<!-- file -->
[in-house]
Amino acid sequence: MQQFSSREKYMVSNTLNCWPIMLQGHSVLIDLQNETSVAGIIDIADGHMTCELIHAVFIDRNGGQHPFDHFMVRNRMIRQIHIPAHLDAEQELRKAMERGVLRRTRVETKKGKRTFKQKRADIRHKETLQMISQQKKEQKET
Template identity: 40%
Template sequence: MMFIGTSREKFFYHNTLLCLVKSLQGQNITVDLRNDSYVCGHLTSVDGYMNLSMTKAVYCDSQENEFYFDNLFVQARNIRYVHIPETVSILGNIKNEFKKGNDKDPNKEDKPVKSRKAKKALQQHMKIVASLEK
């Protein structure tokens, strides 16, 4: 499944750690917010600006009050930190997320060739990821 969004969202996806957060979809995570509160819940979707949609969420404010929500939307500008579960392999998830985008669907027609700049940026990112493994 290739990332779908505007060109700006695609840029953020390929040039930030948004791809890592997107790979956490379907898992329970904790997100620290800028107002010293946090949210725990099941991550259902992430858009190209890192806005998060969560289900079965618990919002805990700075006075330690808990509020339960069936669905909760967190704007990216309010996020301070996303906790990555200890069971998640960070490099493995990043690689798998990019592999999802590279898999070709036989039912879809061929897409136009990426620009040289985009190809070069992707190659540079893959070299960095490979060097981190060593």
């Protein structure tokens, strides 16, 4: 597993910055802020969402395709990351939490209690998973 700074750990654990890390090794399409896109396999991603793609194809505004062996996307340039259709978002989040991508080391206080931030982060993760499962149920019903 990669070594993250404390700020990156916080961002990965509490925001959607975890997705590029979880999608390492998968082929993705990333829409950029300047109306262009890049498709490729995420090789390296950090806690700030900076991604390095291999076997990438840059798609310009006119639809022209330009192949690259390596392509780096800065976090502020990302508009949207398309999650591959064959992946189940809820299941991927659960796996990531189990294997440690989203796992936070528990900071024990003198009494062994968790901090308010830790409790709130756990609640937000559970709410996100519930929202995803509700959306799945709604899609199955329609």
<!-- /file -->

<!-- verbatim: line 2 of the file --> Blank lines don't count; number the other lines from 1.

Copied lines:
Amino acid sequence: MQQFSSREKYMVSNTLNCWPIMLQGHSVLIDLQNETSVAGIIDIADGHMTCELIHAVFIDRNGGQHPFDHFMVRNRMIRQIHIPAHLDAEQELRKAMERGVLRRTRVETKKGKRTFKQKRADIRHKETLQMISQQKKEQKET